With an election now looming on the 8th June, we have had to put a temporary hold on our Poverty Truth Manifesto blogs, (as we have civil servants involved as commissioners and publicity about the manifestos could be construed as breaking purdah). However, ahead of our next gathering this Friday, two of our commissioners have written the following reflection on their experience of being in the Leeds City Council chambers for our last gathering…
Christine and Maria reflect on the commission’s recent visit to the Council Chambers.
Lucinda Yeadon, deputy leader of Leeds City Council invited us to hold our last Poverty Truth Commission meeting in the Council Chambers.
Our first impressions of the Chambers were of a well-kept, really grand space, a bit like a museum and part of the history of Leeds. There’s no electric lighting, only natural light occupies the space. This made a change to our usual meeting space at Ebor Court, which is ‘tatty but sufficient’, ‘dilapidated and cold’. There are numerous rooms in the Civic Hall but little is known about what actually goes on in them!
Lucinda explained the historical background and about the set up in the Chambers, including how the Council voting system works which was really interesting. The way the timing system works for the person who is talking and how the light turns from green to red if someone has gone over time. Also how one person has control over all the microphones. It felt like a mini parliament.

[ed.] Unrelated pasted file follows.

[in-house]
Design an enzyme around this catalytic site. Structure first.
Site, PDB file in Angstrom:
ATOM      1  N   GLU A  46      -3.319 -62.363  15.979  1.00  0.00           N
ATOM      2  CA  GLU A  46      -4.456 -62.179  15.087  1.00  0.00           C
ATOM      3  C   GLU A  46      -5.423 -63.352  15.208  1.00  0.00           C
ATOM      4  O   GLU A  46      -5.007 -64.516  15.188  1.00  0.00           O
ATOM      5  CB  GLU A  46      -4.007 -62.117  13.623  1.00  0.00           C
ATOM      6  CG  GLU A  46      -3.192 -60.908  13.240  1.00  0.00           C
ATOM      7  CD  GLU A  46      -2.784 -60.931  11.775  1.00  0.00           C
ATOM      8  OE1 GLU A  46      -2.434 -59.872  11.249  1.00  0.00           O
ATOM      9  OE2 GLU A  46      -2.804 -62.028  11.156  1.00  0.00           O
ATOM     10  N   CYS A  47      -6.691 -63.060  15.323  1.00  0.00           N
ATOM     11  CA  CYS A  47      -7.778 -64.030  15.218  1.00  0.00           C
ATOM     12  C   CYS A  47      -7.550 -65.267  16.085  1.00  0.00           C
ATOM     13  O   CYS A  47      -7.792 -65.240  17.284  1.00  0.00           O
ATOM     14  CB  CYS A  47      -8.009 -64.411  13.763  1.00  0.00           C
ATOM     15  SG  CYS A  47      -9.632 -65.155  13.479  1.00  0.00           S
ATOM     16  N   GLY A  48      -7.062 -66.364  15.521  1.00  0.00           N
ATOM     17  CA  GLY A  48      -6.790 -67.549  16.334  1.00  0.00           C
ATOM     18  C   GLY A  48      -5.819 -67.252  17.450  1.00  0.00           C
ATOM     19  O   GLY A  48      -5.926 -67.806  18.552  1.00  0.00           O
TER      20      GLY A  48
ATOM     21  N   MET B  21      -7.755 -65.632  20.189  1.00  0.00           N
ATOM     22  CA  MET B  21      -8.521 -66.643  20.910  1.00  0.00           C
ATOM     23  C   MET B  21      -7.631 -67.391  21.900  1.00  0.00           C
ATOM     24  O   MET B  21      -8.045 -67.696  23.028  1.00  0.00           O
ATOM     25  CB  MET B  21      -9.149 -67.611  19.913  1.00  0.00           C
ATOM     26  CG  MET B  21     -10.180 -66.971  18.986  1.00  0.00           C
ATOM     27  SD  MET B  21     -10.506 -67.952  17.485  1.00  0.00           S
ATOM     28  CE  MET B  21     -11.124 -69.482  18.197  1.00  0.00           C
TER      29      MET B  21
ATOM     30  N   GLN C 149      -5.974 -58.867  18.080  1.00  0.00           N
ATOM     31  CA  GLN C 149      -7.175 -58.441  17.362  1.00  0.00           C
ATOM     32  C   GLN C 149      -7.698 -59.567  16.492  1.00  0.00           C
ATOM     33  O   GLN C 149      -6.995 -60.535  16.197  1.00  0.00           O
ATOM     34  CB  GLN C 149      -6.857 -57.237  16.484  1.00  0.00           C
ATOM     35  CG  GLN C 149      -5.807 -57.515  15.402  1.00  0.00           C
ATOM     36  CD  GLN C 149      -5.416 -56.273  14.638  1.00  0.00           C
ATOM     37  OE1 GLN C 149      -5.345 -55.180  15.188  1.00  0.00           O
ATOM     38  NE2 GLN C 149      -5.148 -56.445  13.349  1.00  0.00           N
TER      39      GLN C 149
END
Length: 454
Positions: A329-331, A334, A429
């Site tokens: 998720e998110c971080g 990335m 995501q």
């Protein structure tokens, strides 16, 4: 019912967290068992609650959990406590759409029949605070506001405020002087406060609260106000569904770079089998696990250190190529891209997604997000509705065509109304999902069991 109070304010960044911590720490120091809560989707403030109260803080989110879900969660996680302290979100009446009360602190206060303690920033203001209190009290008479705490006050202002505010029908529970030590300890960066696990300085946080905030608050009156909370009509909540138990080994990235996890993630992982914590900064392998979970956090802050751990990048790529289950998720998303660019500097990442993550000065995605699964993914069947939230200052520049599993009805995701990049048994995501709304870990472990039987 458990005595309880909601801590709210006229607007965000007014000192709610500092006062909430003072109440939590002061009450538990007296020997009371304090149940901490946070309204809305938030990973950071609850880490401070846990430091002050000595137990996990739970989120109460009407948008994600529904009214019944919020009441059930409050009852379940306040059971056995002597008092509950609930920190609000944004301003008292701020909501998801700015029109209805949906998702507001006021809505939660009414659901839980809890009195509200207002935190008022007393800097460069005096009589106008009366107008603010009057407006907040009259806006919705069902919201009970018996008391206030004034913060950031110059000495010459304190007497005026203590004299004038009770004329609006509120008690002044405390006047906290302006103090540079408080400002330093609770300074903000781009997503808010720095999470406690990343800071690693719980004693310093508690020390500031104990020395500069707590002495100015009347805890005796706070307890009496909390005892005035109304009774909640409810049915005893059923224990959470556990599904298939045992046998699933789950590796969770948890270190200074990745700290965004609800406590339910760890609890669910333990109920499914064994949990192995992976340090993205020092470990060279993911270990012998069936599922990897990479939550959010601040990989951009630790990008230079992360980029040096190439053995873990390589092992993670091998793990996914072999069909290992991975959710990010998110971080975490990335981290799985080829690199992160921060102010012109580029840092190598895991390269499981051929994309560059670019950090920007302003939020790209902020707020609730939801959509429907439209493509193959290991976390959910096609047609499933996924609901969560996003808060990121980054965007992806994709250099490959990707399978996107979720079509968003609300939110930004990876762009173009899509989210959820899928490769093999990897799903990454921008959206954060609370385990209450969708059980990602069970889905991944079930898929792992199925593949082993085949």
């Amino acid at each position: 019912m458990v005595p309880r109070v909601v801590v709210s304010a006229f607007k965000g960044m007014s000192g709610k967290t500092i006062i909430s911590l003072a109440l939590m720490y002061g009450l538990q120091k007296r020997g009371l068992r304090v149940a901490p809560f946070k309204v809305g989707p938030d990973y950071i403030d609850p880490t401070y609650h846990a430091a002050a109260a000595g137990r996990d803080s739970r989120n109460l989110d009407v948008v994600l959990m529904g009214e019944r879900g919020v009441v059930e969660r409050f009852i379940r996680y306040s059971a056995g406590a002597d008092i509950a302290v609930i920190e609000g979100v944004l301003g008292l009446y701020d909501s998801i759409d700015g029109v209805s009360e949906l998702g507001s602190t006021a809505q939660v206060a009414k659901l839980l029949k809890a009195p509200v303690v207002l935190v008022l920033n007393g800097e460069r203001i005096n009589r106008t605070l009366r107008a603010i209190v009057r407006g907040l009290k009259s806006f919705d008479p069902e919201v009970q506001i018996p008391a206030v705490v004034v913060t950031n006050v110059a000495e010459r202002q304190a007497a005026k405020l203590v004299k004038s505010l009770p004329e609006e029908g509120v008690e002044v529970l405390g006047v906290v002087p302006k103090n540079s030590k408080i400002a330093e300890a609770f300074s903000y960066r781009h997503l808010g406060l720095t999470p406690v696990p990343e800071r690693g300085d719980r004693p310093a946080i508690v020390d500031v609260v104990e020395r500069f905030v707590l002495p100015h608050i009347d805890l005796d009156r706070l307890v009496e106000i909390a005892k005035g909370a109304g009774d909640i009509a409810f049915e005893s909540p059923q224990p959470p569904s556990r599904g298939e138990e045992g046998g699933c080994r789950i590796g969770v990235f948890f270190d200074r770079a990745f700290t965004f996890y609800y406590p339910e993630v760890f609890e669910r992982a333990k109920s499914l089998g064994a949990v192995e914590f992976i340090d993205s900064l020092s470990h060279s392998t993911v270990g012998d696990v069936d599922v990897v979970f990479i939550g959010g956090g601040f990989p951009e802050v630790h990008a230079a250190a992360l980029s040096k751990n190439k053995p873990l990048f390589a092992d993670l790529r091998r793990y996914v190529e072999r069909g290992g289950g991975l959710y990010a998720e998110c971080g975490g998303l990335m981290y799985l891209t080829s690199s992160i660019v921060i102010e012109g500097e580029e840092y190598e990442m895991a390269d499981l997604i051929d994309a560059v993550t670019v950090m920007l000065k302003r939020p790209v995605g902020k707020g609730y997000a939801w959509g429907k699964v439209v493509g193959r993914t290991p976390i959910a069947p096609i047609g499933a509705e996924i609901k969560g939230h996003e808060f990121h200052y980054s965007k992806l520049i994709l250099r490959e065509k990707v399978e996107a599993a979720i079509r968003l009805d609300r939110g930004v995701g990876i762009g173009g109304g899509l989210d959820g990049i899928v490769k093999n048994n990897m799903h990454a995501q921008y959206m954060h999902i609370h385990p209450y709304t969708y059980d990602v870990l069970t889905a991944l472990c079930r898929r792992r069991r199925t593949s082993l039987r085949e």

It is not widely known that the general public can sit in and listen at the Chambers on a Wednesday. It will be interesting to listen in over the coming weeks, leading up to the general election.
- I have lived in Leeds for 45 years (Christine) and had never been in the Civic Hall before being involved with the Poverty Truth Commission. I now have a better understanding of what actually goes on in the building.
- I have lived in Leeds for 52 years (Maria). This was my second visit to the Chambers. Being in the space evoked a lot of memories and took me right back to my first visit in 1965. I had moved from a small mining village in South Yorkshire, to the big city to study at university and I remember sitting in the Chambers and people heckling!
It felt symbolic to be writing manifestos for Leeds, whilst in the Chambers and perhaps the space changed our mind-sets. We felt as equals there and this helped with discussions. We are all Commissioners and our opinions are being listened to and it felt easy to put our views across.